Teachers have differed with their union on their professional development training programmes that will also determine their promotions, saying they are ready to cater for their expenses.
Teachers Service Commission (TSC) chief executive Nancy Macharia said teachers would be required to undergo the professional upgrading course during holidays and cater for expenses despite opposition from their union.
The Kenya National Union of Teachers (Knut) has called a nationwide teachers' strike starting on September 1, saying that there have been no proper consultations on the TPD (Teacher Professional Development) training.
Last week, Knut secretary-general Wilson Sossion criticised the TSC for coming up with a new policy that requires teachers to undertake the training after every five years or face the sack. Mr Sossion said the teachers would only undergo the training if the government pays for it.
But the Kenya Primary Schools Headteachers Association (Kepsha) chairman, Mr Shem Ndolo, on Sunday urged teachers to ignore Knut and pursue their career progression.
"The association champions the interest of our professionalism and we make things straight. The appraisals have been in place since 2016, and they are with us to stay. Anything for our own development is beneficial to us," Mr Ndolo said at a press conference to announce the start of the 14th Kenya Primary School Heads Association Conference in Mombasa.
Sossion, TSC headed for clash over appraisal
Knut reveals date for teachers' strike - VIDEO
Knut gives TSC ultimatum on appraisals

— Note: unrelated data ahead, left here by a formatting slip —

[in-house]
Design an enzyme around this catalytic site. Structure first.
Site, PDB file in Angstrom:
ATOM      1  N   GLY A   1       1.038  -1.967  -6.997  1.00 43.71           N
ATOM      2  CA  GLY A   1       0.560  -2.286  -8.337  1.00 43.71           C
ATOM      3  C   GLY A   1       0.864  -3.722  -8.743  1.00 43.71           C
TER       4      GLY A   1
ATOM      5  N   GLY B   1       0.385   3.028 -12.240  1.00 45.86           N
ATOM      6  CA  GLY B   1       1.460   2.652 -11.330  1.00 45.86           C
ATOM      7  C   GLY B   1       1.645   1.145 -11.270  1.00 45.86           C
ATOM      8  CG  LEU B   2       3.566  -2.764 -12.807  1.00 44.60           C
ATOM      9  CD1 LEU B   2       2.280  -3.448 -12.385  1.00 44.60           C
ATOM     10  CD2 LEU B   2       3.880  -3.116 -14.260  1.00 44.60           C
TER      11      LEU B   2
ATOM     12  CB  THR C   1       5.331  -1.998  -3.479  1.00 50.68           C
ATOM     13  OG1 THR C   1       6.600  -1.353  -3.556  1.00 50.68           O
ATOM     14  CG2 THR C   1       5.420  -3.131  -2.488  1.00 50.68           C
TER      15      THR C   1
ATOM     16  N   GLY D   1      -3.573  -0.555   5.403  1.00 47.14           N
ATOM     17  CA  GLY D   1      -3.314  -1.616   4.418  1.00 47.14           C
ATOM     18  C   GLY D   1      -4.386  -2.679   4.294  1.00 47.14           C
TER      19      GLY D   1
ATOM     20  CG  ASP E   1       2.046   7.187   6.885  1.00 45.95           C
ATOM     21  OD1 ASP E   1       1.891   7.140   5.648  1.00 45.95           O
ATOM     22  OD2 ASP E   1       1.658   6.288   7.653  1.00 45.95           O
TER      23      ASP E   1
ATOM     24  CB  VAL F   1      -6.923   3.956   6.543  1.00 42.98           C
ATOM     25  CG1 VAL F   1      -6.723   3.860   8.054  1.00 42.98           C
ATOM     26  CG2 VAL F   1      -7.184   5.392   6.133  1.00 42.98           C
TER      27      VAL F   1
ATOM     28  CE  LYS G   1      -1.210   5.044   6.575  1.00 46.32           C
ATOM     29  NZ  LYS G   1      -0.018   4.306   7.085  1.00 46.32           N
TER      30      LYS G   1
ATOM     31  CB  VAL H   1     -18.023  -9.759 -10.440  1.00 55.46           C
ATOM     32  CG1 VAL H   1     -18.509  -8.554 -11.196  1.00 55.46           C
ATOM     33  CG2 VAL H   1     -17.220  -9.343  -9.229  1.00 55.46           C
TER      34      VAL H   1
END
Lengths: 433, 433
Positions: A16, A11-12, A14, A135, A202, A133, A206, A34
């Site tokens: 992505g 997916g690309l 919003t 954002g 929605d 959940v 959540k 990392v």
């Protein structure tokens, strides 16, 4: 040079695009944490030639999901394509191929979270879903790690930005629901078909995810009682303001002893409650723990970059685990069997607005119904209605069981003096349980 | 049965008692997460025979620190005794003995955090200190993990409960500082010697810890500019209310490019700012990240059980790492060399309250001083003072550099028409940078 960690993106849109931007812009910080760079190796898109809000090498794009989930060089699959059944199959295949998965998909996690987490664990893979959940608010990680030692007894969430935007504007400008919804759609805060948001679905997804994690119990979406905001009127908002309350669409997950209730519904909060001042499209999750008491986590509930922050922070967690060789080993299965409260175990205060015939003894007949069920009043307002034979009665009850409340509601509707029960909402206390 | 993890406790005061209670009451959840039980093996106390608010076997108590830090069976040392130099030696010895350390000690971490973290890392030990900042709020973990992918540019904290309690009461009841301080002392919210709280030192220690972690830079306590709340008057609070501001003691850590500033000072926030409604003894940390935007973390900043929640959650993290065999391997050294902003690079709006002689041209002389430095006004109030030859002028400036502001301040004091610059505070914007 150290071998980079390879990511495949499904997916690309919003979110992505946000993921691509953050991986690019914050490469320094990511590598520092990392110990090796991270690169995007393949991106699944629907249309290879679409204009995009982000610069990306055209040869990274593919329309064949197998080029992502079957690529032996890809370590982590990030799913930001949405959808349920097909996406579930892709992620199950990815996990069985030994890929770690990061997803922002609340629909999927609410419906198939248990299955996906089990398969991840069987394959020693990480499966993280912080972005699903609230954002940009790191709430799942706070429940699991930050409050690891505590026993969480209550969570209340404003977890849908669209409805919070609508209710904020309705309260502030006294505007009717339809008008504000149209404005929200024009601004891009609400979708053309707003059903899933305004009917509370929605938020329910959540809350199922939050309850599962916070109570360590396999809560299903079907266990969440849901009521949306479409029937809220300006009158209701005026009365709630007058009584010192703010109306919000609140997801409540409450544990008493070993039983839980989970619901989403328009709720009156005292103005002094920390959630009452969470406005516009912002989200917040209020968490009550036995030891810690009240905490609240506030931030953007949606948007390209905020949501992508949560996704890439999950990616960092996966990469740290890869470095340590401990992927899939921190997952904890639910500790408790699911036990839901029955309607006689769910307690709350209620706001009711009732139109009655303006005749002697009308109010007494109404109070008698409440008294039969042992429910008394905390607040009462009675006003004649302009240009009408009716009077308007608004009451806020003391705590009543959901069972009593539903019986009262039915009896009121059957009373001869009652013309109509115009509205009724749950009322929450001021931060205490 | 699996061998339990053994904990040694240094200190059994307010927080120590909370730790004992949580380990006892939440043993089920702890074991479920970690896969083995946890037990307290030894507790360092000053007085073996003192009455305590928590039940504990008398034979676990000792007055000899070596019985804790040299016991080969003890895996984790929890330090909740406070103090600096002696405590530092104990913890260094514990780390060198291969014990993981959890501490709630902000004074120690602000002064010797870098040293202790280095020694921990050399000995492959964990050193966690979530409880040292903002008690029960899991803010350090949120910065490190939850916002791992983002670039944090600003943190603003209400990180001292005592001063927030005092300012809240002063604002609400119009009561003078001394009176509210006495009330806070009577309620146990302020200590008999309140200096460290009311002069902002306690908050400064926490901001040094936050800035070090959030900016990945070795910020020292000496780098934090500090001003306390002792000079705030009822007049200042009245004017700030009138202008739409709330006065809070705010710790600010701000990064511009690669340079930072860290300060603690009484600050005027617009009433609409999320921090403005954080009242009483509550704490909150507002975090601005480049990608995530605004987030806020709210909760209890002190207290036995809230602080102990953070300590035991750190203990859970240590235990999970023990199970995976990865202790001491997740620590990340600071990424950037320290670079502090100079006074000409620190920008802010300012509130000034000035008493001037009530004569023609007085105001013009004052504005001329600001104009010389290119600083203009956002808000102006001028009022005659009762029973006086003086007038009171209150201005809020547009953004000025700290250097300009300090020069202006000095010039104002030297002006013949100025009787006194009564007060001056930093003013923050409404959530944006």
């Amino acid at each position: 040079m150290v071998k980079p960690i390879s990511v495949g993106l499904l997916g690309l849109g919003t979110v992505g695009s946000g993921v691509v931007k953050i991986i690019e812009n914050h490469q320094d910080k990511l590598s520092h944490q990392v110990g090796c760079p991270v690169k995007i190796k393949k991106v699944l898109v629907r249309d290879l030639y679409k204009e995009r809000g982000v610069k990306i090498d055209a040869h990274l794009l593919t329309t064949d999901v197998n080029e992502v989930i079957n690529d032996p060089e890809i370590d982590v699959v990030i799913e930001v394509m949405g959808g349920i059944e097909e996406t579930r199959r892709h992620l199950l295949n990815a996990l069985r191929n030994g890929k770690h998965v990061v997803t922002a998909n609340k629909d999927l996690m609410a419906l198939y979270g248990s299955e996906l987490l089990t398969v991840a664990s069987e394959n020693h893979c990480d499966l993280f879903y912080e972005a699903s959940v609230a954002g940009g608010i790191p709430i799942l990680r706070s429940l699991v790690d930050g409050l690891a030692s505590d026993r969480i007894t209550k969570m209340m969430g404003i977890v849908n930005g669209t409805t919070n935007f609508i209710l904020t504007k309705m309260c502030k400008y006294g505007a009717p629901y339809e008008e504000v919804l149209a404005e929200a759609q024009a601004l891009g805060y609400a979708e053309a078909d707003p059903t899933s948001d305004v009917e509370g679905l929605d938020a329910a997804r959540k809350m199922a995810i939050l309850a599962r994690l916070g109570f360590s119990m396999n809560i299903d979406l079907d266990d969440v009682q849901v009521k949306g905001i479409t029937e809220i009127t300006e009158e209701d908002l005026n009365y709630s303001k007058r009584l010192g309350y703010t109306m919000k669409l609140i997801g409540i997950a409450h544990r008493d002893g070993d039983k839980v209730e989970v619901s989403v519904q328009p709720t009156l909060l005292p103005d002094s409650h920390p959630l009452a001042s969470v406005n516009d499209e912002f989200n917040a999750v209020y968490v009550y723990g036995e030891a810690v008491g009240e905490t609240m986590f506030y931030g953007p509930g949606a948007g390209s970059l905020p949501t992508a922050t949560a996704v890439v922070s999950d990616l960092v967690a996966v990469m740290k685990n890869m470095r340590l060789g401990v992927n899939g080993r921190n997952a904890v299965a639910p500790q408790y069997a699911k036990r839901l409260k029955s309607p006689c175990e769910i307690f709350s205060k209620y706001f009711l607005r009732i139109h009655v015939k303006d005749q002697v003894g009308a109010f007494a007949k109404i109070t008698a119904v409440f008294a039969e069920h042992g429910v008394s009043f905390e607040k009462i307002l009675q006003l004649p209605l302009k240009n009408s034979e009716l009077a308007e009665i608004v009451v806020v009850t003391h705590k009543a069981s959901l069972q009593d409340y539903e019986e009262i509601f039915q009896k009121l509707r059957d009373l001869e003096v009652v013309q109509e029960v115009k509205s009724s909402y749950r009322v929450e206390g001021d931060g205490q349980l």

According to the TSC, more than 312,060 teachers will pay for six professional development training programmes that will also determine their promotions.
Knut is also opposed to the delocalisation policy, saying it has broken many families and seen more than 100 teachers quit the profession after being barred from working in their home counties.
Speaking on the sidelines of the African Confederation of Principals meeting at Pride Inn Hotel in Mombasa, last week, Mr Sossion said many teachers, who were transferred, had opted to resign or seek employment in county governments.
Mr Ndolo asked the TSC to go slow on implementation of the delocalisation policy, saying delegates must be fully informed about it.
He said the policy had teething problems, urging the TSC to consider the aged and sick teachers.
However, he added, the issue does not warrant a strike and urged their union, employer and the teachers association to meet and iron it out.
"Kepsha, as an association, cannot just join any bandwagon without a clear explanation as to why we are going on strike.
President Uhuru Kenyatta is on Monday expected to officially open the conference. This amid a looming strike called by Knut over the challenges affecting the profession.
Kepsha wants teachers deployed in hardship and terror-prone areas such as Lamu and Mandera assured of their safety.